Science 3 min read

Mosquitoes' Salivary Gland "Bottleneck" Could be Key to Ending Malaria

A new study suggests that a "bottleneck" in the salivary gland of Malaria-carrying mosquitoes could be the key to stopping the dreaded disease.

Image courtesy of Shutterstuck

Image courtesy of Shutterstuck

Scientists at Johns Hopkins Medicine believe that a salivary gland “bottleneck” in mosquitoes could be the key to stopping malaria permanently.

Mosquitoes carry thousands of Malaria-causing parasites in their tiny body. Yet, when slurping blood from their victims, the insects can only manage to transmit a small fraction of the parasite.

How this is possible is a big mystery.

While past studies revealed that some roadblocks stop the parasites in the insects’ salivary glands, none of them were able to identify how it works.

In a statement, lead author of the study and postdoctoral researcher at the Johns Hopkins University School of Medicine, Michael Wells, Ph.D., said:

“Even though thousands of parasites invade the salivary gland, less than a 10th of them are transmitted during a mosquito bite. So, we knew that the salivary gland is blocking the parasites from getting out, but we didn’t know exactly how.”

In their article in the journal mBio, the researchers described how they found the bottleneck.

Finding the Bottleneck in the Mosquitoes’ Salivary Gland

The salivary gland of an Anopheles mosquito is made up of three lobes of saliva-producing cells in a protective sheet called the basement. Then, a long duct extends from the lobes straight into the insect’s mouth.

That means a parasite must pass through the basement membrane and a layer of salivary cells. It then has to swim across the secretory cavity before reaching the salivary duct.

For their study, the researchers first fed malaria parasite-rich rodent blood to a scourge of Anopheles mosquitoes. Then they dissected the salivary glands mosquitoes and also used a high-powered microscope to identify the parasites’ location.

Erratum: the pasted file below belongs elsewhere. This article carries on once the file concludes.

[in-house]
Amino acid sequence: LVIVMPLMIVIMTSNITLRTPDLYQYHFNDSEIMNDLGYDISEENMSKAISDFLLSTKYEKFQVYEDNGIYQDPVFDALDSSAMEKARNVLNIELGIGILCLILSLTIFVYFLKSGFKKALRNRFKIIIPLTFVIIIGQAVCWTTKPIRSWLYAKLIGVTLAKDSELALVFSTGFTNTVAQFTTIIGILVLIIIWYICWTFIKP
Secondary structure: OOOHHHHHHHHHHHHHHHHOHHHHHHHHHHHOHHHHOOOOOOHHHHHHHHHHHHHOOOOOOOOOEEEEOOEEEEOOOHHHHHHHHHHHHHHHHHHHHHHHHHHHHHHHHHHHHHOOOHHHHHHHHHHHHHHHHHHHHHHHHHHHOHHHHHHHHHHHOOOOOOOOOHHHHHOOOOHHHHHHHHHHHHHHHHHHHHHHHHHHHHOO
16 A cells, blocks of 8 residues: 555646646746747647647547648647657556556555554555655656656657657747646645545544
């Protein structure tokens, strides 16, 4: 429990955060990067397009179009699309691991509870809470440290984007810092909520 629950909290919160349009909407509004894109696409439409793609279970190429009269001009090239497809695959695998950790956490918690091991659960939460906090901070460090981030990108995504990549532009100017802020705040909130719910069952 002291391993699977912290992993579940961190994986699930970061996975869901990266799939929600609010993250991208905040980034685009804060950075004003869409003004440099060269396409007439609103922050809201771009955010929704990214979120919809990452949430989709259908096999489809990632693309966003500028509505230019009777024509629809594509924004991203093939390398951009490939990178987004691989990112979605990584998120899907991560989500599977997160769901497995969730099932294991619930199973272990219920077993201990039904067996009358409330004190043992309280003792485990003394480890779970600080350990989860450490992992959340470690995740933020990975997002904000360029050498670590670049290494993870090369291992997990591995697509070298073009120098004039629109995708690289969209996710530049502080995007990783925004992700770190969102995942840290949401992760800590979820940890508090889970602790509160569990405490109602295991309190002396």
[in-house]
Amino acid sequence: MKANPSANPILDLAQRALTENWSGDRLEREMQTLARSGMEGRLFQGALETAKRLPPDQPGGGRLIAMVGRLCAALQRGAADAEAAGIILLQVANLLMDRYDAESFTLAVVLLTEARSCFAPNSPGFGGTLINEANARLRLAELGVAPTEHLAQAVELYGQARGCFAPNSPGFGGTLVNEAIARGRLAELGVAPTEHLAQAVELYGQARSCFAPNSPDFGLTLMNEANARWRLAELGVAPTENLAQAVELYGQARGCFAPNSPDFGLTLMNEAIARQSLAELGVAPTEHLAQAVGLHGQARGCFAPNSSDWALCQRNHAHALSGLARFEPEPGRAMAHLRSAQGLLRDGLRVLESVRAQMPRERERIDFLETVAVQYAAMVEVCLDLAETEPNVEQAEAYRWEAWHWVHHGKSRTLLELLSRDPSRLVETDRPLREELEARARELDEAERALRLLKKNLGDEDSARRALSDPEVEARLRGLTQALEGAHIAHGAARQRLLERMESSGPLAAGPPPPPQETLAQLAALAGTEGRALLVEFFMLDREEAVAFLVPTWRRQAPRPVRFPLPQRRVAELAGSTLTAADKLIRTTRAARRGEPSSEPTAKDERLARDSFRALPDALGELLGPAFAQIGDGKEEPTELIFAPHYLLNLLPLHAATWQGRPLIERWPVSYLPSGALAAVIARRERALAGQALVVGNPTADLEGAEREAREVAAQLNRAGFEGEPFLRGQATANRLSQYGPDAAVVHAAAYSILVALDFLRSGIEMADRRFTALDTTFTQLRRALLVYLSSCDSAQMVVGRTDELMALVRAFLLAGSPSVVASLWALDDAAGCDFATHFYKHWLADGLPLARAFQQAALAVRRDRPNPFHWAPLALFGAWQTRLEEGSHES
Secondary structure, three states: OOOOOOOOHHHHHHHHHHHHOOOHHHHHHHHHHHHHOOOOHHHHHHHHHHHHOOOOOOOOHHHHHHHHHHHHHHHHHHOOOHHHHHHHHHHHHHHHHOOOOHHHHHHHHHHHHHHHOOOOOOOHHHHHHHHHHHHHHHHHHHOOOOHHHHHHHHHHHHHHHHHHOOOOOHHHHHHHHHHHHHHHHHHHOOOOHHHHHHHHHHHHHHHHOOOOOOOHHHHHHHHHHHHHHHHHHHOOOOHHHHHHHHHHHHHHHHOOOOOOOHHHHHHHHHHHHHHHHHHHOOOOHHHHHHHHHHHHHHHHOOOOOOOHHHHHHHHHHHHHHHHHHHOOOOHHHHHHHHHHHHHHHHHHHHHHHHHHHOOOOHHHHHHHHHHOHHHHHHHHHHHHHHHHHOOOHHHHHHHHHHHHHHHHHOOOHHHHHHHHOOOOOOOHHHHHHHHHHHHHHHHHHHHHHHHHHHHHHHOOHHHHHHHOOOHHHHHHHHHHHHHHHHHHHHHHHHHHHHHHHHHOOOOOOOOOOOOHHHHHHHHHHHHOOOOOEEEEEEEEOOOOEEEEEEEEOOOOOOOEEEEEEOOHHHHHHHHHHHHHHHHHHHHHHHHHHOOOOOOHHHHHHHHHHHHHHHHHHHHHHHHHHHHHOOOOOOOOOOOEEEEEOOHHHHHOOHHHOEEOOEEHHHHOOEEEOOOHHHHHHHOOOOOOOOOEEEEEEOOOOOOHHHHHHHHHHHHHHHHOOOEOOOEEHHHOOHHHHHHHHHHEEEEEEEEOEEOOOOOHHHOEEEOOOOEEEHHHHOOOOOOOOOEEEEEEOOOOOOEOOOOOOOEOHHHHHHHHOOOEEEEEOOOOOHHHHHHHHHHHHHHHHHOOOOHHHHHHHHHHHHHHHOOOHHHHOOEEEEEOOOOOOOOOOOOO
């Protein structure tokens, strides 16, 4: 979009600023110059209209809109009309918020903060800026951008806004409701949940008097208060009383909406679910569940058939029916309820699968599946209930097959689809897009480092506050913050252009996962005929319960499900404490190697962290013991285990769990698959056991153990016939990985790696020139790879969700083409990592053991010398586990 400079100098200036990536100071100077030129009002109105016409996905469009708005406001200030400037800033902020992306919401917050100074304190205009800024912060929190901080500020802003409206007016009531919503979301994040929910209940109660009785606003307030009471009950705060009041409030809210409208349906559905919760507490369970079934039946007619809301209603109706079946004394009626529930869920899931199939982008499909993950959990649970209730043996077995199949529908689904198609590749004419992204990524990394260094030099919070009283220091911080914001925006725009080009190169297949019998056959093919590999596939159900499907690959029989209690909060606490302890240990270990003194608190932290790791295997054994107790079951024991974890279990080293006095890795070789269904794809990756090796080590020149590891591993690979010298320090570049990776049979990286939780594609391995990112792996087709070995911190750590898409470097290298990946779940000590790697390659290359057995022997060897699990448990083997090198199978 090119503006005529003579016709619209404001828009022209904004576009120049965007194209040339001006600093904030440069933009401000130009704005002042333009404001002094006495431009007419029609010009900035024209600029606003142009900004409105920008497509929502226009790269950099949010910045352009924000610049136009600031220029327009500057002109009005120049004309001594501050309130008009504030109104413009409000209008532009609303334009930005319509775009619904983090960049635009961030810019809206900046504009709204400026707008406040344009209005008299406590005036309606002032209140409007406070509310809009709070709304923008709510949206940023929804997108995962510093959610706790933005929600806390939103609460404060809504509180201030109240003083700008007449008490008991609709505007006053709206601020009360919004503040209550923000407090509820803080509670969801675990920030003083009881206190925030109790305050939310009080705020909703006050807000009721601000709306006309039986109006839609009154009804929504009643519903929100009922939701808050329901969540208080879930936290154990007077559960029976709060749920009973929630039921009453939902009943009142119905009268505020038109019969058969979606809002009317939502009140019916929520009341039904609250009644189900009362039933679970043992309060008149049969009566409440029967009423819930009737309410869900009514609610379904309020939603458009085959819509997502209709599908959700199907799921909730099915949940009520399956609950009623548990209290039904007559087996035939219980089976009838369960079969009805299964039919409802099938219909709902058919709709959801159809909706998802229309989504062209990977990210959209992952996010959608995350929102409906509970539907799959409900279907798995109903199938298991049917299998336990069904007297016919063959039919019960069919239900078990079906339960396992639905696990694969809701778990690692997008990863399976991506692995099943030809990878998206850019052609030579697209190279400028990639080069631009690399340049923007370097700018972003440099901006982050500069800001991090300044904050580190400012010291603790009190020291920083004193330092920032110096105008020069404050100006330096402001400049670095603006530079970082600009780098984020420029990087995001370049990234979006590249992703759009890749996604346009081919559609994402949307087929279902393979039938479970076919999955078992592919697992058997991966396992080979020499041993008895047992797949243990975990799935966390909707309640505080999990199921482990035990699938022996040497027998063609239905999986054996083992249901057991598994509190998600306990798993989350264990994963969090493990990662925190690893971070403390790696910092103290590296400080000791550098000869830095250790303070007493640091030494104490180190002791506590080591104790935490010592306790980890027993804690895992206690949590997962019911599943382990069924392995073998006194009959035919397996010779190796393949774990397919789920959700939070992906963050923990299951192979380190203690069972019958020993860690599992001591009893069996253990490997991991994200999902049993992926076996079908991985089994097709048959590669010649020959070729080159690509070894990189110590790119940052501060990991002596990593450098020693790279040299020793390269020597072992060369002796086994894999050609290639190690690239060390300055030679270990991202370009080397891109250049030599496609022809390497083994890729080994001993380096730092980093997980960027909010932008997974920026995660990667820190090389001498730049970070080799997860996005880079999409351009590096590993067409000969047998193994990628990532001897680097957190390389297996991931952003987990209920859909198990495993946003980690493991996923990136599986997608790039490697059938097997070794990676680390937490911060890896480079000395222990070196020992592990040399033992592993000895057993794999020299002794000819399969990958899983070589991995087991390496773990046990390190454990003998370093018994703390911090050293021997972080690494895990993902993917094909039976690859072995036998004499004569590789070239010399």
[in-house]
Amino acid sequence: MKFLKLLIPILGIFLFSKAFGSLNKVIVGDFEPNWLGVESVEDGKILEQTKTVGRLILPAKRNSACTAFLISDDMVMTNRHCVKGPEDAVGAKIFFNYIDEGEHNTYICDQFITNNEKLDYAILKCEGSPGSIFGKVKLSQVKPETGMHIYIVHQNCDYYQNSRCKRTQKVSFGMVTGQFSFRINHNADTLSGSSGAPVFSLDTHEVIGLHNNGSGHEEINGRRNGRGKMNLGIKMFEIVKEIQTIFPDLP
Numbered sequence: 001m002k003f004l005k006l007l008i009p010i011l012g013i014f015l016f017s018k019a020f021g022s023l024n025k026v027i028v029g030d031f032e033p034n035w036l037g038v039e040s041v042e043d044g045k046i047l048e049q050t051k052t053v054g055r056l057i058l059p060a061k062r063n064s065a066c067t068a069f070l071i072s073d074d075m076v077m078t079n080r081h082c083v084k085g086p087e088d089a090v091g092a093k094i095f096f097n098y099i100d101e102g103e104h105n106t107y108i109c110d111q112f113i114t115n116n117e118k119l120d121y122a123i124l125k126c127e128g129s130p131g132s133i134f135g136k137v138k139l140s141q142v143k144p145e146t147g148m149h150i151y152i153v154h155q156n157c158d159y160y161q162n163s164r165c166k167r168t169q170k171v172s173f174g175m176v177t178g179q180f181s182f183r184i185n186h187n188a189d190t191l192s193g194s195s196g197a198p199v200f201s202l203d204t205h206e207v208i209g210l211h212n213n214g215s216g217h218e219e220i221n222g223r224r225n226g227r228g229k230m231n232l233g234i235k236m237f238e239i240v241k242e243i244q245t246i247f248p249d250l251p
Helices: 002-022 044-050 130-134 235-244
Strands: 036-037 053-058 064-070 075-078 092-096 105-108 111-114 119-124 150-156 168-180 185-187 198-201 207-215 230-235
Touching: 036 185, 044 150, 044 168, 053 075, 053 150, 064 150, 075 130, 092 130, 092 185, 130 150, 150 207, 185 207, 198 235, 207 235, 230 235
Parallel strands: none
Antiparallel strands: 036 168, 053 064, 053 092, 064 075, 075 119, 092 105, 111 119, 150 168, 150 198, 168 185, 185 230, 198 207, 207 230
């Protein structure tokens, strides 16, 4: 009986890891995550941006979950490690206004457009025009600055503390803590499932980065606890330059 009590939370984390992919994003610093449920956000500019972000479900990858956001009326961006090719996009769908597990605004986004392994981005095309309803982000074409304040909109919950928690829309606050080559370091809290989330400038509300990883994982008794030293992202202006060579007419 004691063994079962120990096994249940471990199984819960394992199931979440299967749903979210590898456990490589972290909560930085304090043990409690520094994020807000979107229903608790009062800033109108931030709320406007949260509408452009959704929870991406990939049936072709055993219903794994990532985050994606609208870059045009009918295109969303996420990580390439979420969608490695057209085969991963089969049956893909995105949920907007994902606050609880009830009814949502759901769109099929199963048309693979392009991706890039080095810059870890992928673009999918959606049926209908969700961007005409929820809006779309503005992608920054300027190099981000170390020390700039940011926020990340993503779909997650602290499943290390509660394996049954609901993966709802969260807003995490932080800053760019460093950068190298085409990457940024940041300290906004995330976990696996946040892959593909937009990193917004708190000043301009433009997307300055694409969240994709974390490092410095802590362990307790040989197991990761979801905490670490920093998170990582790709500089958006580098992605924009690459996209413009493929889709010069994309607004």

While a few of the parasites were in the salivary ducts, most were either in the secretory cavity or the basement membrane.

Wells noted:

“The parasites seem to have no trouble getting into the salivary glands. So, this told us that the obstruction happens later, when parasites are trying to get to the salivary duct.”

Read More: Researchers Explore Why Mosquitoes Choose Humans

Using the microscope, the researchers zoomed in on the cell layers in each lobe of the salivary gland. That’s when they noted the sturdy fibrous wall around the salivary glands which prevented the parasite from leaving the secretory cavity.

A few of the parasites were able to burrow through the chitin wall to reach the salivary duct. However, the opening was too narrow for most of the parasites to pass.

According to Wells, mosquitoes release the lucky few that made it through the membrane during a bite. Based on this logic, we can prevent mosquito infections by fortifying the chitin wall.

A professor of cell biology at the Johns Hopkins University School of Medicine, Deborah Andrew, M.S., Ph.D., said:

“Our findings add substantial detail to the role of mosquito salivary glands as the gateway organs for diseases spread by these insects. By enhancing transmission barriers that naturally exist in mosquitoes, we potentially can block the spread of malaria and other deadly mosquito-borne diseases, like Zika fever.”

Read More: A New Study Reveals How the Mosquitoes Fights Off Malaria

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Sumbo Bello

Sumbo Bello is a creative writer who enjoys creating data-driven content for news sites. In his spare time, he plays basketball and listens to Coldplay.

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